Auguste Le Guennant

Auguste Le Guennant
Born(1881-01-10)10 January 1881
Died17 May 1972(1972-05-17) (aged 91)
EducationSchola Cantorum de Paris
  • Organist
  • Church musician
  • Composer
  • Music educator
  • School director

Auguste Le Guennant (10 January 1881 – 17 May 1972) was a French organist, church musician and composer. He was, after positions as organist and head of the chapel in Paris and Nantes, the director and teacher at the Gregorian Institute of Paris, as a specialist of Gregorian chant.


Born in 1972 in Auray (Morbihan),[1] Auguste Le Guennant studied at the Schola Cantorum de Paris, the organ with Alexandre Guilmant and composition with Vincent d'Indy.[2] He held for some time the position of organist at the grand organ of Notre-Dame de Clignancourt,[3] and left Paris in 1905 to become head of the chapel at Notre-Dame-de-Bon-Port in Les Sables-d'Olonne, and from 1908 at the Basilica of Saint-Nicolas in Nantes. He founded the mixed group A Capella in this city, in collaboration with A. Mahot.[2] The Mutual Edition of the Schola Cantorum published his Adagietto for organ, and an O Salutaris for four mixed voices. Mr. Biton published an accompanying book on Gregorian chant.[2]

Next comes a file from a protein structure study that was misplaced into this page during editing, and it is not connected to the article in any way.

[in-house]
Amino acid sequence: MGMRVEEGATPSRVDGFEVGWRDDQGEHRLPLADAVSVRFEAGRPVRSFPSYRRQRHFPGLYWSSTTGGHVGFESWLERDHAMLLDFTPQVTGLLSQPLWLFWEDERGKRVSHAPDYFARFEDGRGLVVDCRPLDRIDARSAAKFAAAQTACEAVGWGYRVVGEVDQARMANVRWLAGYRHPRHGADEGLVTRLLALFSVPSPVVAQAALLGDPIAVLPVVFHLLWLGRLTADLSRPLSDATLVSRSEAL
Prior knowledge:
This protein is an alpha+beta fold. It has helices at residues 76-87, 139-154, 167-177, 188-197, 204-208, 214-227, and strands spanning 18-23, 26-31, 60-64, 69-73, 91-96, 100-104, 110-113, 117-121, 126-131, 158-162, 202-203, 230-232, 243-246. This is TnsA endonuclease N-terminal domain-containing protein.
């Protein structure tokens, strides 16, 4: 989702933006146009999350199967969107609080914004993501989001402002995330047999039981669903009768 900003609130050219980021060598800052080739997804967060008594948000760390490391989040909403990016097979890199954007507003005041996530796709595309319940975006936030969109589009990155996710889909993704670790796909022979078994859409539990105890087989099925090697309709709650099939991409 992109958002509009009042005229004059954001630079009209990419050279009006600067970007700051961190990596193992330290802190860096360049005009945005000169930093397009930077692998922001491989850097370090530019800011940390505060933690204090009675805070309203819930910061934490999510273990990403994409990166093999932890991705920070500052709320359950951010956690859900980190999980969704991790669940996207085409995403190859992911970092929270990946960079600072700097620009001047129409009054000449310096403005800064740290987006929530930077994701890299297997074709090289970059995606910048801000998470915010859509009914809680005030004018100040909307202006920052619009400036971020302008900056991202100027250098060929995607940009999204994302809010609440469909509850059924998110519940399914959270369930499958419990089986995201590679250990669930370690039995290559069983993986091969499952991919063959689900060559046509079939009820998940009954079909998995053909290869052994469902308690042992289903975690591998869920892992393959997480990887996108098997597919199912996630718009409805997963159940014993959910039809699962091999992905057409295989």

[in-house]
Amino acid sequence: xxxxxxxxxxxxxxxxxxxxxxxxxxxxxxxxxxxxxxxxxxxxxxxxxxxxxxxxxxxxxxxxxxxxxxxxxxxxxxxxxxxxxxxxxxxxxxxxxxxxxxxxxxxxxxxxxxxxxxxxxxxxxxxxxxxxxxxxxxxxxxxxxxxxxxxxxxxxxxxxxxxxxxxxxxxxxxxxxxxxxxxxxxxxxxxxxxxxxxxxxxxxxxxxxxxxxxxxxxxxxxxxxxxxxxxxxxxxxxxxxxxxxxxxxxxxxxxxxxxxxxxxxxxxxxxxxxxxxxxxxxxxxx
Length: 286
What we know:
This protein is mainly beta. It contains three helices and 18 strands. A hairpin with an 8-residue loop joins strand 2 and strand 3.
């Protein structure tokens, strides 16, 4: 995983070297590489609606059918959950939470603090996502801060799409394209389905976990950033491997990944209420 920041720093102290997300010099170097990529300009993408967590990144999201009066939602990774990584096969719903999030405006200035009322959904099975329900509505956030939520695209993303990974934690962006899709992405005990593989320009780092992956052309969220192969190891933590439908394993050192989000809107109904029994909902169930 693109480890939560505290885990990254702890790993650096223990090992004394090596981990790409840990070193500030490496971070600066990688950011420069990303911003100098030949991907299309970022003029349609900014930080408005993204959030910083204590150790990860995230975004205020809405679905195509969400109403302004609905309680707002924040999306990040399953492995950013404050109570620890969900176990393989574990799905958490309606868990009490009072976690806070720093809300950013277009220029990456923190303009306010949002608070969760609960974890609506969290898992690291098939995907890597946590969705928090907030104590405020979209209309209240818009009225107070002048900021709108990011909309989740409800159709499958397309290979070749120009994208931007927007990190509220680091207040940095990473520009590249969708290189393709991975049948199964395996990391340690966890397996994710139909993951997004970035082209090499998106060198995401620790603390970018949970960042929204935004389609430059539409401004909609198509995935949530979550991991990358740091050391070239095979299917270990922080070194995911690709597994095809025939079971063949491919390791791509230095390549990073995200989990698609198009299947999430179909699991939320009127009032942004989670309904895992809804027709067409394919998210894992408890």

In 1925, Le Guennant arrived at the Gregorian Institute of Paris as director and teacher of Gregorian chant, succeeding Dom Joseph Gajard of the Solesmes Abbey.[4] After the Second World War, he organized many Gregorian sessions, not only in France but also in Fátima, and even Rio de Janeiro. Still teaching at the Gregorian Institute in Paris, this pedagogue and musician considerably boosted the teaching of Gregorian chant, by creating centres of study in several countries.[1] When Maurice Duruflé thought about basing his Requiem on Gregorian chant, he asked Le Guennant for advice, and gratefully acknowledged his understanding.[5] In 1960, Duruflé dedicated a composition to Le Guennant, his Quatre Motets sur des thèmes grégoriens which were also based on chant.[6]

In 1953, Le Guennant was awarded the Honorary Doctorate of the Pontifical Institute of Sacred Music in Rome.[1]

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